Hunting and football don’t have a ton in common, but treating your hunting season like football season might help fill your tag this year.
Football and hunting are not necessarily synonyms, or even all that closely related. Beyond the fact that Bo Jackson and Carson Wentz are football players who enjoy hunting as much as the sport itself, you would be stretching to find other correlations between the two. But applying things that you would to a football season into your hunting season, could pay some big dividends for you.
How can treating your hunting season like football season bring success and fill your freezers this fall? Well, it might sound strange, but I think taking this mindset into opening day could actually help keep you from eating tag soup this year, and possibly even help you put a trophy on the wall!
Apply these football concepts to the hunt, and better results will happen for you. It doesn’t matter if you are hunting turkey, big game, deer, or squirrels, this list will apply.
If you focus your efforts and time on these concepts, there is a good chance that your hunting season could turn out way better than expected. Football and hunting might just have more in common than you acknowledge.
Preparation is key in almost everything in life, but especially in the world of sports, when every competitive advantage can help you come out on top. Football though, in my eyes, seems like the sport where preparation is absolutely crucial. Preseason training camps are akin to preseason scouting, if you really think about it.
Then when the season starts, a football team has a week to prepare, and so does their opponent. If you miss a beat in your preparation, chances are it will cost you.
There are 22 players on the field at once during a football game, which many refer to as the ultimate team sport, so doing your homework on all the possibilities, matchups, plays, and schemes will put you in the best possible situation to win.
Just look at the New England Patriots, for instance. I’ll be honest, I despise the Patriots, but I can’t help but respect them because of their track record of consistently winning.
Bill Belichick is their head coach and regarded as the best NFL coach ever, and many credit their longevity and success to their system and preparation. If you prepare better than your opponent, more times than not you will succeed. Once again, preparation is key in success.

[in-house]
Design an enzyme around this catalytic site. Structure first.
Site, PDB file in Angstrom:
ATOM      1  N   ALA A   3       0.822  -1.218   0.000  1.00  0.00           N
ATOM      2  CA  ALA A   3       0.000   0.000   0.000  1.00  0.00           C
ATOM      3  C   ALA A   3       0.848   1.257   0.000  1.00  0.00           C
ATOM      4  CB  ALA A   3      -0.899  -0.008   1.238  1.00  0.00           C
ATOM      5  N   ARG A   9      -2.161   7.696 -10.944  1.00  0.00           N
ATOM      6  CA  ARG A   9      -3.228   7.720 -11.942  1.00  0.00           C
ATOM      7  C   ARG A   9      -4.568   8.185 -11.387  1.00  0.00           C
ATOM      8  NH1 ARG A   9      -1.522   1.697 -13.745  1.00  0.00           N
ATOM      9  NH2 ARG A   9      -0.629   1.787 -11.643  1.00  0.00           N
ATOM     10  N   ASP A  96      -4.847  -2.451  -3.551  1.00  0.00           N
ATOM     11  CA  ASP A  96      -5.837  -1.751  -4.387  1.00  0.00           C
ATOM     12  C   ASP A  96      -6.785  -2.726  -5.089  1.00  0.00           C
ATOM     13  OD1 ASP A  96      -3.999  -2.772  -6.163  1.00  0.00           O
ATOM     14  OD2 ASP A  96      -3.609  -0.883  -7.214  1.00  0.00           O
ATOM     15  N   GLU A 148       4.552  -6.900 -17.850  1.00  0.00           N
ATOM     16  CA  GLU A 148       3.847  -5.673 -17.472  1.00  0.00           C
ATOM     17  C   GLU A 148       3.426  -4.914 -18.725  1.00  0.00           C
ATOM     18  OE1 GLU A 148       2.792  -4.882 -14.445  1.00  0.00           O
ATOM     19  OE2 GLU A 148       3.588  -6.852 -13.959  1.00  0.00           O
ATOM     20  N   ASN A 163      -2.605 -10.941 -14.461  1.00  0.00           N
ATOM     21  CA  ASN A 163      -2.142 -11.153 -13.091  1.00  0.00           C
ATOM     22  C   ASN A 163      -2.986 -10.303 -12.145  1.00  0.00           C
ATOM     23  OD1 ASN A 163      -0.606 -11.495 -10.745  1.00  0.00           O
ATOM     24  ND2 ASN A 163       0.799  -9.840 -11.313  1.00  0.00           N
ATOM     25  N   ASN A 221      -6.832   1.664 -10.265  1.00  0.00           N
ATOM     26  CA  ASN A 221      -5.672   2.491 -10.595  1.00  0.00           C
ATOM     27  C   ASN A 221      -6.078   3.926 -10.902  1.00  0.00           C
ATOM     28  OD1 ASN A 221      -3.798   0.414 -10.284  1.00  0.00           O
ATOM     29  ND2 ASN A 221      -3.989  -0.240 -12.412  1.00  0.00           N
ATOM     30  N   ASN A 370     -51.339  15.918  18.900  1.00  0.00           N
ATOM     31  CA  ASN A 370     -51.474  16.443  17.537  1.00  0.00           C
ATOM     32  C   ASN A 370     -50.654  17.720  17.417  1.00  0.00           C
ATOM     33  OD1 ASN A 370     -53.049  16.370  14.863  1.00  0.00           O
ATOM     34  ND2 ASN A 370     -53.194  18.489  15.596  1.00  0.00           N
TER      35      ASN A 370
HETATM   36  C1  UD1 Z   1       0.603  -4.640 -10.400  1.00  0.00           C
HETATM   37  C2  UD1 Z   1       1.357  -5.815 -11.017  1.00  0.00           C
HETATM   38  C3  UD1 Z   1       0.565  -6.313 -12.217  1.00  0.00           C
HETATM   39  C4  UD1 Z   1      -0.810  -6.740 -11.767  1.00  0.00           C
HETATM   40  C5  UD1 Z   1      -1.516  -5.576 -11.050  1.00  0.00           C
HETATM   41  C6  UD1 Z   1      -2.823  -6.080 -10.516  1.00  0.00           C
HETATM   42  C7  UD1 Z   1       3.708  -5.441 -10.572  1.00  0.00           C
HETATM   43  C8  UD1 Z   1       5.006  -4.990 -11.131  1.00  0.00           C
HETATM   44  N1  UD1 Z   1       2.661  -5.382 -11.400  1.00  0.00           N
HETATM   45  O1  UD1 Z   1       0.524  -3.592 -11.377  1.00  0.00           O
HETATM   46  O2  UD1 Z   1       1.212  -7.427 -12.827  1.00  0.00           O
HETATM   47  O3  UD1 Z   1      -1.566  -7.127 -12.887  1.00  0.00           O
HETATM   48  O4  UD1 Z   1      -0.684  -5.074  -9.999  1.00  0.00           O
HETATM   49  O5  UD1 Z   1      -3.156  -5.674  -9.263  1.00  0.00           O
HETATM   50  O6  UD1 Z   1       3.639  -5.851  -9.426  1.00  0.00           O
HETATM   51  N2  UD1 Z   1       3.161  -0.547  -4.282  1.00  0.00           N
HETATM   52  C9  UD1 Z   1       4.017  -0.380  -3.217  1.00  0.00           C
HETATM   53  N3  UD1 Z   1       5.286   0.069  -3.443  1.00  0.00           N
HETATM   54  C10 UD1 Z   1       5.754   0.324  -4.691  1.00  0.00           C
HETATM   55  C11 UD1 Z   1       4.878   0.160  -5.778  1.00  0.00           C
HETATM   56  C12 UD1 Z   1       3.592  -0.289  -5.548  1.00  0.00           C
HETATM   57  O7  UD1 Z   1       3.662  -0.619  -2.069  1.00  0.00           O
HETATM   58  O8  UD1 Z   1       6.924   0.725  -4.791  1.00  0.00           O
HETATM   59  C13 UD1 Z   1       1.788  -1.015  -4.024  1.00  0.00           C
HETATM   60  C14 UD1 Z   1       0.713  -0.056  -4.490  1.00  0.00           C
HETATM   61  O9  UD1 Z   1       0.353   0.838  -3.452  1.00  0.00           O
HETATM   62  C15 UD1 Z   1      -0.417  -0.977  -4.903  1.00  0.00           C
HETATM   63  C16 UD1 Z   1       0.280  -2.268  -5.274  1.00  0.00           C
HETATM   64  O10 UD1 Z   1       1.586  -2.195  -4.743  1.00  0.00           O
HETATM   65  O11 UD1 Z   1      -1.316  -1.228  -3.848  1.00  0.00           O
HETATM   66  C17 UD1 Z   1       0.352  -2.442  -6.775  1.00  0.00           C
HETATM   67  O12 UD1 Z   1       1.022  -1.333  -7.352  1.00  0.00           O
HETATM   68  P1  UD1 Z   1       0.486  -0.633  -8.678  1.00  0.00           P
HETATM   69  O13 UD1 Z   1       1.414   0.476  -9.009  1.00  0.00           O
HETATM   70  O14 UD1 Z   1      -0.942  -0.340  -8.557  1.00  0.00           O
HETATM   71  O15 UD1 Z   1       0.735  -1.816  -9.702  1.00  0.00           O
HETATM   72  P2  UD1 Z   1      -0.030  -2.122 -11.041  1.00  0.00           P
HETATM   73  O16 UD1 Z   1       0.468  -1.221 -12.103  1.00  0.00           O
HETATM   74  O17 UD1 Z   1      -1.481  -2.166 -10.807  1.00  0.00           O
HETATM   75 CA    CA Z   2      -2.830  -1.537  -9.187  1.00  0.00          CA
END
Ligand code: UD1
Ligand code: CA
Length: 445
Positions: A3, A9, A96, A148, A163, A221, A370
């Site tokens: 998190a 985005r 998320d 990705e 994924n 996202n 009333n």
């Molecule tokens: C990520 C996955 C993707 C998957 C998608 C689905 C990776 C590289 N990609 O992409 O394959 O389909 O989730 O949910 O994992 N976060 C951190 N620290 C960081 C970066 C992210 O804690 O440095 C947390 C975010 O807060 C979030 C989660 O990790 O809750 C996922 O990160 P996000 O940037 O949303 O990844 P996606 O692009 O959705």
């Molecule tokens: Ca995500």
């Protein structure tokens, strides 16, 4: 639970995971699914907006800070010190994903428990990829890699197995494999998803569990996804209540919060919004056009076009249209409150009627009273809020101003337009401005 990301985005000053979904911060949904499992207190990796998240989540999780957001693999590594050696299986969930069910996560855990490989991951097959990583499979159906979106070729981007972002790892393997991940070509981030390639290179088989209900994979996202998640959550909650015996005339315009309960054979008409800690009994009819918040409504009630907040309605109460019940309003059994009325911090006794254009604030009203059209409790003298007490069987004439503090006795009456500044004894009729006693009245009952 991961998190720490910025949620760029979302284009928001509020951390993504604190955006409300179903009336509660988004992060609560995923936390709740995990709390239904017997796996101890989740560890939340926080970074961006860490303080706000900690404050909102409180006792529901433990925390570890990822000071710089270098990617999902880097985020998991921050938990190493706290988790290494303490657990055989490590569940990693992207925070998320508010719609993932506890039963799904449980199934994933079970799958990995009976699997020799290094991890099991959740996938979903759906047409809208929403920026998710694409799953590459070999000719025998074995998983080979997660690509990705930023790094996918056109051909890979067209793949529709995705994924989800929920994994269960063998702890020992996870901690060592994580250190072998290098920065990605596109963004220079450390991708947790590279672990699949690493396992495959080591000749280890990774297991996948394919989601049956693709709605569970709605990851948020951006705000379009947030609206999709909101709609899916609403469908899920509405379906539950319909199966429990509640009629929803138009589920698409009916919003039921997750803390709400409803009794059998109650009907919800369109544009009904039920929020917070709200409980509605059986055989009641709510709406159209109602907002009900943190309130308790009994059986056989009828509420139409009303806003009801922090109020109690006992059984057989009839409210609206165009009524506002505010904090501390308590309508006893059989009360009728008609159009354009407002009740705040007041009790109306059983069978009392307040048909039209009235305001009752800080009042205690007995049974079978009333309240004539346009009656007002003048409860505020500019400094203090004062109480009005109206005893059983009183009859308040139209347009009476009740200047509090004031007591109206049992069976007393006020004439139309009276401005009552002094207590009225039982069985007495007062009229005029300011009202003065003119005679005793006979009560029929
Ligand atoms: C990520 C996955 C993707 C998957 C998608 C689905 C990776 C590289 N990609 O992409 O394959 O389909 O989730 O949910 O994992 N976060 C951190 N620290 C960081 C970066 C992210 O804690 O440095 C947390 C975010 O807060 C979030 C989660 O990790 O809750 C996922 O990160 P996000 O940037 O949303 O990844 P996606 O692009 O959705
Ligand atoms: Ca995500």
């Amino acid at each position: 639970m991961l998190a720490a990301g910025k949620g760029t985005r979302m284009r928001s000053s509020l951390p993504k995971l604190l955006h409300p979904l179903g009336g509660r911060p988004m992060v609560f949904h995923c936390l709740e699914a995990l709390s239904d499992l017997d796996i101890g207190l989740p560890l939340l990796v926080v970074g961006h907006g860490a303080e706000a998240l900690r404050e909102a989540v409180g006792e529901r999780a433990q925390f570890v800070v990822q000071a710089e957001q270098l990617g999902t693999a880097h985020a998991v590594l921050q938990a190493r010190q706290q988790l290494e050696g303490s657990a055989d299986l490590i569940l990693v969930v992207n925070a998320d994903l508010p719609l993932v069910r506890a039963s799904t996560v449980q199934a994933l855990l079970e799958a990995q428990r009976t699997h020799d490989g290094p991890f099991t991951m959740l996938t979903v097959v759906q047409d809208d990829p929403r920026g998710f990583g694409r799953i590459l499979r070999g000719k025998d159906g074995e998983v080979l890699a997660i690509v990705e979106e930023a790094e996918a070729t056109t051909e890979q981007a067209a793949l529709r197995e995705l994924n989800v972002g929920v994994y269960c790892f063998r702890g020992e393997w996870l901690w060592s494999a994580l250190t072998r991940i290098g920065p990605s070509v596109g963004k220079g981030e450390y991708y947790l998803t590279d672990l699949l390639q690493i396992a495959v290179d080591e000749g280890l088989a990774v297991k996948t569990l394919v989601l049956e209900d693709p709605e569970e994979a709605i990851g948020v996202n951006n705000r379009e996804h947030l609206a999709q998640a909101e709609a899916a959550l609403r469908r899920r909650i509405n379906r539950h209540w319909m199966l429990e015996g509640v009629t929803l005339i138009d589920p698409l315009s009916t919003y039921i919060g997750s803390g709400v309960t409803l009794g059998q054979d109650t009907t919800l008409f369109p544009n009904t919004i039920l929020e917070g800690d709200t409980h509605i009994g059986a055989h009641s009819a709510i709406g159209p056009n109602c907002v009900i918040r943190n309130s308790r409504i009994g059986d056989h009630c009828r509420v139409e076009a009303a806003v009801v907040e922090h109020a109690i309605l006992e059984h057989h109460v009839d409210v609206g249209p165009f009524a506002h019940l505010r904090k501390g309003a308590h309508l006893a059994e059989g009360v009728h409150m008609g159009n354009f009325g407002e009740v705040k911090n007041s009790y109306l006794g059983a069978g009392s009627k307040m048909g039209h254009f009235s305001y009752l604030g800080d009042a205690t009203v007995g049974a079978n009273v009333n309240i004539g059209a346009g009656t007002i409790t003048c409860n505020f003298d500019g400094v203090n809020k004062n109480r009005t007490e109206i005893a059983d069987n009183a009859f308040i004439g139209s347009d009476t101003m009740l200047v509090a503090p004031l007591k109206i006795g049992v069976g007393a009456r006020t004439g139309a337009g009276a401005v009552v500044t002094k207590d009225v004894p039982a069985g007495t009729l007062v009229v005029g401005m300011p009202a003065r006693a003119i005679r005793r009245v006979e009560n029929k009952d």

Just like the game of football, you can use preparation for your advantage when hunting. The more prepared you are for what the season brings, the more likely your percentages of succeeding will increase. It’s so important that I can almost guarantee it.
How do you prepare for hunting season, truthfully? Shoot your bow or gun, early and often. Get your body accustomed to good habits and mechanics. Shoot similar shots that you will take while activey hunting.
It is all about practicing in situations and scenarios that you will encounter and experience on a hunt. Prepare for those moments, so that when they come, you have “been there and done that” enough to where it feels like second nature.
You can also prepare by doing your homework. Use trail cams to gather data and figure out what the deer are doing in your area. Watch them from afar and get a good scouting report, just like a football coach and team would against their competitors. Watching game film and reviewing SD cards are actually pretty similar, right?
Cut shooting lanes, trim trails, and wash your clothes until they are scent free so the odds are in your favor. Be prepared for this hunting season like a football team is for their opponent, and your chances of success will sky rocket.
This one can be a tough pill to swallow sometimes, both for hunting season and football season, but you have to have realistic expectations. If not, you may become discouraged very quickly.
If a football team heads into the year expecting to win the championship, but in reality they don’t stand a chance, it will only lead to disappointment. You always want to strive for the best, but sometimes there is a brutal reality to face. You have to have the right mindset.
At times, you won’t have the most talent, or players are injured and you have to find small victories in your season. Going into football season with realistic expectations can often help you find more success.
The same applies for hunting season. Unfortunately, most hunters aren’t blessed with thousands of acres, or the part of country they live in doesn’t produce huge bucks. That’s why it is important you head into opening day of hunting season with a realistic expectation of your accomplishments once hunting season comes to a close.
If you live in Florida and have 20 acres to hunt, you can’t expect to harvest the same deer that a guy in Iowa on a 400-acre farm would.
If you can set your goals and expectations for your upcoming hunting season with realistic outcomes, then it gives you a chance to enjoy your season and find success for your circumstances. In the end, meat in the freezer and wild game on your plate is always a win!
Know Your Strengths and Weakness
Knowing your strengths and weakness can be important for a lot more than just football and hunting. It can help you in your working career, your relationships, and life in general.
With than said, if you can focus on your strengths and overcome your weaknesses, and apply them to your hunting season like football players apply it to their games, you will find more success.